Traditional vaccine trials rely on large sample populations and natural infection processes. A quicker, cheaper, but riskier method, called Controlled Human Infection Model studies (CHIMs), has also been in practice for some time. In CHIMs, volunteers are deliberately infected with a pathogen to study its effects or to test the efficacy of a vaccine. In this article, Aditi examines the science behind CHIMs and the ethical implications of legalising this method in India, where such trials are presently banned.
The Indian National Science Academy recently published a book with detailed analysis and recommendations on ethical practices for doing science in India. With contributions from eighteen different authors, the book delves into multiple areas of concern and enumerates ethical guidelines for researchers and policymakers at several different levels. The book is freely available to download on INSA's website.
'Informed consent' is the process which ensures that human participants in a research study are given comprehensive information about the study, which allows them to make a conscious decision on whether or not to be part of it. However, theory does not always translate into practice, and in a country as vast and diverse as India, implementing true informed consent sometimes becomes a challenging task, as is examined in this next article in our series on research ethics.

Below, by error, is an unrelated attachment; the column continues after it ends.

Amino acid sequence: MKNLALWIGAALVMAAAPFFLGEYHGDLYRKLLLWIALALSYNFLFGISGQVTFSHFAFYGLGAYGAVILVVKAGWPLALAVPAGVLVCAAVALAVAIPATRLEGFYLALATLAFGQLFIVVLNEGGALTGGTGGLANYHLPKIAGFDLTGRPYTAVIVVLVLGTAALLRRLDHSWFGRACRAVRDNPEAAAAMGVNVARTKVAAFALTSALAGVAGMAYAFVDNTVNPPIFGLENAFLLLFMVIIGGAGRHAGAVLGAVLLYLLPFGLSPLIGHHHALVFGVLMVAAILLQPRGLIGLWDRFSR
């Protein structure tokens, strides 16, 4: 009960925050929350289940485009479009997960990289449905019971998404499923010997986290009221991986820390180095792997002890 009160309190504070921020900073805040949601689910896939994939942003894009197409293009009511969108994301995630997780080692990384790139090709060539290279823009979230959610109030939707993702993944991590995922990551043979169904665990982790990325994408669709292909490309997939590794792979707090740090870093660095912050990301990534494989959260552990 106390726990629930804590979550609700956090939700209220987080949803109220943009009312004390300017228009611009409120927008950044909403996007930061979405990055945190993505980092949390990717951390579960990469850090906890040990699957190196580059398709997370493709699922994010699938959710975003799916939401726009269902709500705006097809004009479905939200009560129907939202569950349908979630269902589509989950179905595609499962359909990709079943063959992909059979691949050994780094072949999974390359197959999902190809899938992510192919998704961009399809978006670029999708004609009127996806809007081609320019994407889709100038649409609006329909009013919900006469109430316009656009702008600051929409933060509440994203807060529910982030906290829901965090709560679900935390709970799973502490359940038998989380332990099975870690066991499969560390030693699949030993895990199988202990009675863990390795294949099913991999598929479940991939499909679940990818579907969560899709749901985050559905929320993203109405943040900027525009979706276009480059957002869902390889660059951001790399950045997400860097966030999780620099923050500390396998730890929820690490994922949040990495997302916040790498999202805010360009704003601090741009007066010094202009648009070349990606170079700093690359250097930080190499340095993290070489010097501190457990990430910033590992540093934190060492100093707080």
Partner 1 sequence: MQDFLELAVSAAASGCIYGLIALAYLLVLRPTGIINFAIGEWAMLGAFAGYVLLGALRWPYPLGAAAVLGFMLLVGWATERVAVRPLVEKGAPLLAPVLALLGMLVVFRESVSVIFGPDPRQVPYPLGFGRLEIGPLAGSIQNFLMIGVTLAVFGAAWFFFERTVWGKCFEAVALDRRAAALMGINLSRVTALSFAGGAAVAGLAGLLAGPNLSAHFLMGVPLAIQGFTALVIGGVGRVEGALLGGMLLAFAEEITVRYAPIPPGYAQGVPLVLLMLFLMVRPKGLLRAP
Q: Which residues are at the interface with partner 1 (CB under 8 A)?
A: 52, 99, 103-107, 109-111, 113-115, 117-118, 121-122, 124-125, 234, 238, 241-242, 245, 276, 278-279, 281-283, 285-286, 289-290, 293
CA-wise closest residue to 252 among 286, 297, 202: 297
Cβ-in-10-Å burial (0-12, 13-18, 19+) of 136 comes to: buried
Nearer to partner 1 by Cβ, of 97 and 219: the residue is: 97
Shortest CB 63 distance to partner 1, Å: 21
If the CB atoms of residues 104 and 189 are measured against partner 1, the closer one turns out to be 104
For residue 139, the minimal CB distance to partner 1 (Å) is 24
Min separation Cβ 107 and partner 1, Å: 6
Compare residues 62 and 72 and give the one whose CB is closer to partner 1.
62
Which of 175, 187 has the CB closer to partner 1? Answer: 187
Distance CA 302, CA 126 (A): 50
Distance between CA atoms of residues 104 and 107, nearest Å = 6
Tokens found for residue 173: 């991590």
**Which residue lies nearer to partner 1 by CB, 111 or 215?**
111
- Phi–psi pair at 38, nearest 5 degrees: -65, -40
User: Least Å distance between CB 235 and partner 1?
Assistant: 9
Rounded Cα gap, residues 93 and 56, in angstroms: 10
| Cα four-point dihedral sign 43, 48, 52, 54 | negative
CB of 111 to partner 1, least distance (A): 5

Adherence to high ethical standards is of critical importance when it comes to scientific research performed on human subjects. In this next article in our series on research ethics, we explore the various guidelines that have been put in place to ensure ethical conduct of clinical trials in India and discuss the various challenges involved in enforcing the same.
Growing access to high-end imaging facilities and photo-editing software has brought with it increasing allegations of imaging fraud, manipulation and misconduct. In this first article in our new series on research ethics, we explore the causes, consequences and possible solutions to India's growing problems with the ethics of digital imaging.